June 14th, 2024

UN secretary-general calls for ‘windfall’ tax on profits of fossil fuel companies


By The Associated Press on June 5, 2024.

NEW YORK (AP) – U.N. Secretary General António Guterres called Wednesday for a “windfall” tax on profits of fossil fuel companies to help pay for the fight against global warming, decrying them as the “godfathers of climate chaos.”

In a bare-knuckled speech timed for World Environment Day, Guterres – who has repeatedly spoken out about the threat of climate change – said that global emissions of carbon dioxide must fall 9% each year to 2030 for the 1.5-degree target to be kept alive.

The burning of fossil fuels – oil, gas and coal – is the main contributor to global warming caused by human activity.

He called on advanced economies in the Group of 20 countries – who are holding a summit in Brazil next month – to take the lead.

“We cannot accept a future where the rich are protected in air-conditioned bubbles, while the rest of humanity is lashed by lethal weather in unliveable lands,” Guterres said.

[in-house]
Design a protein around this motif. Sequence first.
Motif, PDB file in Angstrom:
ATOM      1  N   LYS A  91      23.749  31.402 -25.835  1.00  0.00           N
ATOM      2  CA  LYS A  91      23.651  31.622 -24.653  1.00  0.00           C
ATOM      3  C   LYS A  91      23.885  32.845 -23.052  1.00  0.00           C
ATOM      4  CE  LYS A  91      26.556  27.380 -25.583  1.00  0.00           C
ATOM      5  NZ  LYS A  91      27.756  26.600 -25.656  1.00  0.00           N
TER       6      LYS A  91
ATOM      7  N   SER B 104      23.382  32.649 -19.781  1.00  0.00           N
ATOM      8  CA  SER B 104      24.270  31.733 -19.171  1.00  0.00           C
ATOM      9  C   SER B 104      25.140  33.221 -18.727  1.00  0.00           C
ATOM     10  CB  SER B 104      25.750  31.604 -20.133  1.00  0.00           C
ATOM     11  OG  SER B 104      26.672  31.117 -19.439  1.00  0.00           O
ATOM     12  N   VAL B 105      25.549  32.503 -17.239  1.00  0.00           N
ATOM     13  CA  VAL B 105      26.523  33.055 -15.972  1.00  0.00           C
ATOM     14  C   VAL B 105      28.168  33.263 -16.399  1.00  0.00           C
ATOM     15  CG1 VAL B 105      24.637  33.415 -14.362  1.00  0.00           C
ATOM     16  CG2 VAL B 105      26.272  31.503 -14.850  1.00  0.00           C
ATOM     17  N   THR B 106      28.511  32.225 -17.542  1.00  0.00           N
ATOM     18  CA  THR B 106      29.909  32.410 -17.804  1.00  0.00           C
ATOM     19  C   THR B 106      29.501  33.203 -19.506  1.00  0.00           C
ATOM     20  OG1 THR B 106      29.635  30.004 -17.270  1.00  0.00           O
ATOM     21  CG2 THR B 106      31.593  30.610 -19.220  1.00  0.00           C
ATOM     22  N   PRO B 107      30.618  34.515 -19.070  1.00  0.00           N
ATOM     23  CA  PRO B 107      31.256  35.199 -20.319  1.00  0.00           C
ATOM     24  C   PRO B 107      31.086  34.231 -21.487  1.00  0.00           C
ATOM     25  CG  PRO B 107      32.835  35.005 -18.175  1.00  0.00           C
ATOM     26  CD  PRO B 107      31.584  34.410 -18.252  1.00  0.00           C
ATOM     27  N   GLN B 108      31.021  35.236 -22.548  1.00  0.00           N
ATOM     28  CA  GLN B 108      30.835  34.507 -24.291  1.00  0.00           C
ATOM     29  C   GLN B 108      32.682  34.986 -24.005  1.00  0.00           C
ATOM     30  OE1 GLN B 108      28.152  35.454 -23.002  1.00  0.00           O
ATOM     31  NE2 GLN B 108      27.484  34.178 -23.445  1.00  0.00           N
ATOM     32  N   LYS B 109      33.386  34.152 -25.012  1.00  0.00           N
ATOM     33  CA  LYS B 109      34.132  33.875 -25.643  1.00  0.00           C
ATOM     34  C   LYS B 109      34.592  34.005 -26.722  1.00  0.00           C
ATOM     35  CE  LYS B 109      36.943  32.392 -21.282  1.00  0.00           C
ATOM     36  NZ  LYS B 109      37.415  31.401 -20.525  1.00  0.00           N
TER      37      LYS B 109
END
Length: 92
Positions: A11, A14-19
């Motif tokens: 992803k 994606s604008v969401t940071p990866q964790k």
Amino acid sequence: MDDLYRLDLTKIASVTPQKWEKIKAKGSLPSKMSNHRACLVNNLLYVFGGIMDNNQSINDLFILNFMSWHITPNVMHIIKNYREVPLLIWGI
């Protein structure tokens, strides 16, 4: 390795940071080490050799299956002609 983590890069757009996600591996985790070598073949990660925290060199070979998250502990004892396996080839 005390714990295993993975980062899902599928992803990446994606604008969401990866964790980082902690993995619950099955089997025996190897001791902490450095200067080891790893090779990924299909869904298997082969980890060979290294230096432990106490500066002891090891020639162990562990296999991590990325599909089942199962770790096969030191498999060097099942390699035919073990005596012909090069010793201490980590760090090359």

THIS IS A BREAKING NEWS UPDATE. The previous story is below.

The U.N. weather agency on Wednesday predicted that there’s an 80% chance that average global temperatures will surpass the 1.5 Celsius-degree (2.7 degree-Fahrenheit) target laid out in the landmark Paris climate accord within the next five years.

The World Meteorological Organization said Wednesday that the global mean near-surface temperature for each year from 2024 to 2028 is expected to range between 1.1 and 1.9 degrees Celsius hotter than at the start of the industrial era.

It also estimated that there’s nearly a one-in-two chance – 47% – that the average global temperatures over that entire five-year span could top 1.5 C, an increase from just under a one-in-three chance projected for the 2023-2027 span.

The report was cited in a sweeping speech about the threat of climate change by U.N. Secretary-General António Guterres to mark World Environment Day.

Meanwhile, the European Union’s climate service says last month marked the hottest May ever, capping 12 straight months of average monthly temperature records amid high and rising concerns about global warming.

The EU’s Copernicus climate change service, a global reference for tracking world temperatures, cited an average surface air temperature of 15.9 C (60.6 F) last month – or 1.52 C higher than the estimated May average before industrial times.

The burning of fossil fuels – oil, gas and coal – is the main contributor to global warming caused by human activity.

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